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Editors

Harry Cassin
Publisher and Editor

Andy Spalding
Senior Editor

Jessica Tillipman
Senior Editor

Richard L. Cassin
Editor at Large

Elizabeth K. Spahn
Editor Emeritus

Cody Worthington
Contributing Editor

Julie DiMauro
Contributing Editor

Thomas Fox
Contributing Editor

Marc Alain Bohn
Contributing Editor

Bill Waite
Contributing Editor

Shruti J. Shah
Contributing Editor

Russell A. Stamets
Contributing Editor

Richard Bistrong
Contributing Editor

Eric Carlson
Contributing Editor

Bill Steinman
Contributing Editor

Richard Bistrong: Why every compliance program needs some storytelling

In preparing for three days of in-house workshops, Angélique Parisot-Potter, the general counsel of the Massy Group, said to me, “We like stories here in the Caribbean, so be sure to share some.”

“Stories provide context, they are a call to feel, think and act,” she said.

She also reminded me that “every day, more and more rules are being created, so storytelling provides personal and powerful insight into why we should move towards values-based action.”

Storytelling, as some readers of the FCPA Blog might know, is what I do

My stories are sometimes about being blackmailed in Jordan, about an agent in Tierra Del Feugo talking about “tolls,” or how a headline about me on the front-page of the local Florida Times Union, where I was living at the time, impacted my family.

After my talks, people most often approach me to talk not about the technicalities of compliance, but about one of those stories. That’s no surprise. It’s human nature to connect one’s own emotions to a story.

And in my case, my stories tend to “illuminate the dark side,” as Bronwyn Fryer said some time ago in the Harvard Business Review.

Science supports the impact of stories. When a story moves us, our brains release oxytocin. That helps us trust the storyteller, especially where the storyteller has shared his or her own vulnerability.  (For more about the impact of stories on the brain, see the research of Paul Zak).

In our compliance world, we hope listeners will react in their own work in a way that safeguards the welfare and integrity of everyone — people and companies alike. When I tell my stories, I talk about a crucible where “subjective expectations crash into an uncooperative objective reality,” Fryer said in the HBR.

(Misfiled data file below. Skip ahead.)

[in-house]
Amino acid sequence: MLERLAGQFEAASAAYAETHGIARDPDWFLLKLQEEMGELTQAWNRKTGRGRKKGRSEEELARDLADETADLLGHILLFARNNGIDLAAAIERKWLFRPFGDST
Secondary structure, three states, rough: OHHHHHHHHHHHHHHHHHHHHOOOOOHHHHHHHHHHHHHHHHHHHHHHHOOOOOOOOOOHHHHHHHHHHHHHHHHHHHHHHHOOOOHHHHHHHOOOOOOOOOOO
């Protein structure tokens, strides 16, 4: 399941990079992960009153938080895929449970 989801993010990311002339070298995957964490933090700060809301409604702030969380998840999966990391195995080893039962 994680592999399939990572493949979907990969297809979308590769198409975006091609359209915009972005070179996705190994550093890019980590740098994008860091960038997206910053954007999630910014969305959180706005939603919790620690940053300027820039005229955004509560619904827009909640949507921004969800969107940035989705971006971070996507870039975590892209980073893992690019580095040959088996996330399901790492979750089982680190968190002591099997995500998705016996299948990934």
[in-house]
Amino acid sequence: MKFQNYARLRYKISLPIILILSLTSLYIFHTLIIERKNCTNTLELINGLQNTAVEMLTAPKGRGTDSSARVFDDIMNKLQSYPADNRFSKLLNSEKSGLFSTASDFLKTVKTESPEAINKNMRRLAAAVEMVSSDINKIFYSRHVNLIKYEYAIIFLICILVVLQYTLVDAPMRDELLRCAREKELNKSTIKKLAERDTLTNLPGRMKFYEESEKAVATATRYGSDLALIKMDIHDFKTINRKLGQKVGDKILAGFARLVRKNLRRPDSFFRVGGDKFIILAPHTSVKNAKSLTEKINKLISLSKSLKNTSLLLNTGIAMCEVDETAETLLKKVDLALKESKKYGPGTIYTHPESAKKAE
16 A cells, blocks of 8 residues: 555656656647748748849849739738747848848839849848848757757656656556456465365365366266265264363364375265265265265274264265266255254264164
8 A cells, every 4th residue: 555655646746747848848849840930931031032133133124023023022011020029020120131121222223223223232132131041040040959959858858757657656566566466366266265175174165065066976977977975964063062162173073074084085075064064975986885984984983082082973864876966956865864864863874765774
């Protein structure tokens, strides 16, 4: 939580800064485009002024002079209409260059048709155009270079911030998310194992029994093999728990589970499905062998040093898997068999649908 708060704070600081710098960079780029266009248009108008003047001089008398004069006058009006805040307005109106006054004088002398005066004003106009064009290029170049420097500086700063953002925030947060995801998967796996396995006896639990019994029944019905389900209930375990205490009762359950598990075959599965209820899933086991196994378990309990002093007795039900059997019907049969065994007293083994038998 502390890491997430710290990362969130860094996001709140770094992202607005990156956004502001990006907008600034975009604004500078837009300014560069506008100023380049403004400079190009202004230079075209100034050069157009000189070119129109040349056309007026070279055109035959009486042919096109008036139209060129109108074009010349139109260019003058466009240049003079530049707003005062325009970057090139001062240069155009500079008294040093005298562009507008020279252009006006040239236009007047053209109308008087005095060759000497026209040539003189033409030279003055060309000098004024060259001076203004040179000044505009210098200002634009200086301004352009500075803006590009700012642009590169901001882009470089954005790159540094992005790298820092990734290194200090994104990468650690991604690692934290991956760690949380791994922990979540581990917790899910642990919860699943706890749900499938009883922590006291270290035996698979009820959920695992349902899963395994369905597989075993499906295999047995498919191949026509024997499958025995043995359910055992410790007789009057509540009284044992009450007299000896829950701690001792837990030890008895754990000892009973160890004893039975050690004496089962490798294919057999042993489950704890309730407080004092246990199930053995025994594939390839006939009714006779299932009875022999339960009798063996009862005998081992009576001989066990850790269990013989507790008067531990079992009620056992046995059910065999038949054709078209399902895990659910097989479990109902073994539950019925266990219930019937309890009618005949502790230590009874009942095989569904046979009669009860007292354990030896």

But scary stories don’t inspire, according to the research, and fear is not how we want to drive behaviors. Worst-case scenarios might keep an audience tense and captive. But more important is how we can inspire people to forge different outcomes.  

From my experience, we can use “inciting incidents” that Fryer described to trigger “positive but realistic energy in the people who hear it.” At the same time, we can talk about and teach the inevitable business realities of corruption risk that can come to the front door of a globally disbursed workforce. The goal? To sensitize teams to the risks they face before they’re in the middle of them, and to pre-emptively think through scenarios and desired outcomes in a safe-zone.

I’ve called that operationalizing ethics and integrity through “difficult discussions.”

If a story can transport your audience to where it’s re-creating the tension the storyteller went through, where listeners can share those emotions, then they’re highly likely to embrace the positive outcomes and avoid the negative ones, realizing that the darkside isn’t something they ever want to see on a first-hand basis.  

Leaders and trainers have multiple options and methods of communicating, and no one path or platform is a compliance panacea. But real-world lessons from actual experiences stick in the mind and memory. From that moment on, that story becomes part of the listener’s experience, and is merged with their work.

As Paul Zak writes his HBR articleWhy Your Brain Loves Good Storytelling, “When you want to motivate, persuade, or be remembered, start with a story of human struggle and eventual triumph. It will capture people’s hearts — by first attracting their brains.”

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Richard Bistrong, pictured above, is a contributing editor of the FCPA Blog and CEO of Front-Line Anti-Bribery LLCIn 2010 he pleaded guilty to a conspiracy to violate the FCPA and served fourteen and a half months at a U.S. federal prison camp. He was named to Compliance Week’s list of Top Minds in 2017 and was one of Ethisphere’s 100 Most Influential in Business Ethics in 2015. 

His popular real-life compliance training video, Behind the Bribe, produced in cooperation with Mastercard, was released in 2017.

To request a demo of the full eleven-minute video or a licensing fee schedule, please click here.

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2 Comments

  1. Thanks to technological advances, a relevant part of today’s Compliance tasks can and will get automated. This gives the Compliance Officer time to include ethical behavior of algorithms into its responsibilities. Furthermore thanks to automation, the Compliance function can evolve, becoming the Corporate Story-Teller. Several companies and organizations already have such a function, including NASA.

  2. Richard – I really like your idea of 'operationalizing ethics and integrity through "difficult discussions."' Makes a whole lot of sense and helps get us, practically, to values based actions and behaviours.


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